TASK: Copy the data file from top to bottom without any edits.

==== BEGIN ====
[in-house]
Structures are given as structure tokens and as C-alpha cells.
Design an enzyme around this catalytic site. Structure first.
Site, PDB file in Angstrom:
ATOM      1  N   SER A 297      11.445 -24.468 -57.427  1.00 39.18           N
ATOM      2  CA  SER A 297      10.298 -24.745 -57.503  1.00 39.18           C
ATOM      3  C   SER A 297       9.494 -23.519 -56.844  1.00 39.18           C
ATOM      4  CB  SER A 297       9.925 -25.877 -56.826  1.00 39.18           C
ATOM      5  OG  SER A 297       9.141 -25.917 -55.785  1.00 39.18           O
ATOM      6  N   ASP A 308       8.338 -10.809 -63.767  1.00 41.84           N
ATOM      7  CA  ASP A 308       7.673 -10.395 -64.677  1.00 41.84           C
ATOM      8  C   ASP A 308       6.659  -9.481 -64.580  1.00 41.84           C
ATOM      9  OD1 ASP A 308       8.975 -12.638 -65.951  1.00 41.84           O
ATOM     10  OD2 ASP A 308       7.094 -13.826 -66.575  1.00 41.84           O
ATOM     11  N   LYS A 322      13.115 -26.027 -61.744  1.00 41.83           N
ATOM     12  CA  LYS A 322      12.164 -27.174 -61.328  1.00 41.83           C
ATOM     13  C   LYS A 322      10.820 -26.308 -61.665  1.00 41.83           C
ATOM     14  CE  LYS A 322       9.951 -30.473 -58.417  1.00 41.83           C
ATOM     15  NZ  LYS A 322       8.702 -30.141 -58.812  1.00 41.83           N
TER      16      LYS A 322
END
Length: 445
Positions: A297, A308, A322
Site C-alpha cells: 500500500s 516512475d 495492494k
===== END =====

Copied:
[in-house]
Structures are given as structure tokens and as C-alpha cells.
Design an enzyme around this catalytic site. Structure first.
Site, PDB file in Angstrom:
ATOM      1  N   SER A 297      11.445 -24.468 -57.427  1.00 39.18           N
ATOM      2  CA  SER A 297      10.298 -24.745 -57.503  1.00 39.18           C
ATOM      3  C   SER A 297       9.494 -23.519 -56.844  1.00 39.18           C
ATOM      4  CB  SER A 297       9.925 -25.877 -56.826  1.00 39.18           C
ATOM      5  OG  SER A 297       9.141 -25.917 -55.785  1.00 39.18           O
ATOM      6  N   ASP A 308       8.338 -10.809 -63.767  1.00 41.84           N
ATOM      7  CA  ASP A 308       7.673 -10.395 -64.677  1.00 41.84           C
ATOM      8  C   ASP A 308       6.659  -9.481 -64.580  1.00 41.84           C
ATOM      9  OD1 ASP A 308       8.975 -12.638 -65.951  1.00 41.84           O
ATOM     10  OD2 ASP A 308       7.094 -13.826 -66.575  1.00 41.84           O
ATOM     11  N   LYS A 322      13.115 -26.027 -61.744  1.00 41.83           N
ATOM     12  CA  LYS A 322      12.164 -27.174 -61.328  1.00 41.83           C
ATOM     13  C   LYS A 322      10.820 -26.308 -61.665  1.00 41.83           C
ATOM     14  CE  LYS A 322       9.951 -30.473 -58.417  1.00 41.83           C
ATOM     15  NZ  LYS A 322       8.702 -30.141 -58.812  1.00 41.83           N
TER      16      LYS A 322
END
Length: 445
Positions: A297, A308, A322
Site C-alpha cells: 500500500s 516512475d 495492494k